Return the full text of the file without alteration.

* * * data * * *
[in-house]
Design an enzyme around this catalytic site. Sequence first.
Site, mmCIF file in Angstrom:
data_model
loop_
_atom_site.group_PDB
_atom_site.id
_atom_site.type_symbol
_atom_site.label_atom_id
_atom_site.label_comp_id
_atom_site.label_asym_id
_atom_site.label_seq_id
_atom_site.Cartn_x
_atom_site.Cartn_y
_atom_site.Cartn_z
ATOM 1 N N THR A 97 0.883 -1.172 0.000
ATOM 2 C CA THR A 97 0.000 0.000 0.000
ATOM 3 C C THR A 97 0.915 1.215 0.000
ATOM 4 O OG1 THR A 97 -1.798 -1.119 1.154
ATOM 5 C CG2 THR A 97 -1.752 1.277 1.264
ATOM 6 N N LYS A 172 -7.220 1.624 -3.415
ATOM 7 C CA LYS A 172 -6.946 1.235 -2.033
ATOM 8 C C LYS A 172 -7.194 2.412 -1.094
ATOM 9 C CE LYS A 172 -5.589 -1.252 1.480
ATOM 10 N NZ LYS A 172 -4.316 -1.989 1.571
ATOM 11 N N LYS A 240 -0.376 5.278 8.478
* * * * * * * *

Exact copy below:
[in-house]
Design an enzyme around this catalytic site. Sequence first.
Site, mmCIF file in Angstrom:
data_model
loop_
_atom_site.group_PDB
_atom_site.id
_atom_site.type_symbol
_atom_site.label_atom_id
_atom_site.label_comp_id
_atom_site.label_asym_id
_atom_site.label_seq_id
_atom_site.Cartn_x
_atom_site.Cartn_y
_atom_site.Cartn_z
ATOM 1 N N THR A 97 0.883 -1.172 0.000
ATOM 2 C CA THR A 97 0.000 0.000 0.000
ATOM 3 C C THR A 97 0.915 1.215 0.000
ATOM 4 O OG1 THR A 97 -1.798 -1.119 1.154
ATOM 5 C CG2 THR A 97 -1.752 1.277 1.264
ATOM 6 N N LYS A 172 -7.220 1.624 -3.415
ATOM 7 C CA LYS A 172 -6.946 1.235 -2.033
ATOM 8 C C LYS A 172 -7.194 2.412 -1.094
ATOM 9 C CE LYS A 172 -5.589 -1.252 1.480
ATOM 10 N NZ LYS A 172 -4.316 -1.989 1.571
ATOM 11 N N LYS A 240 -0.376 5.278 8.478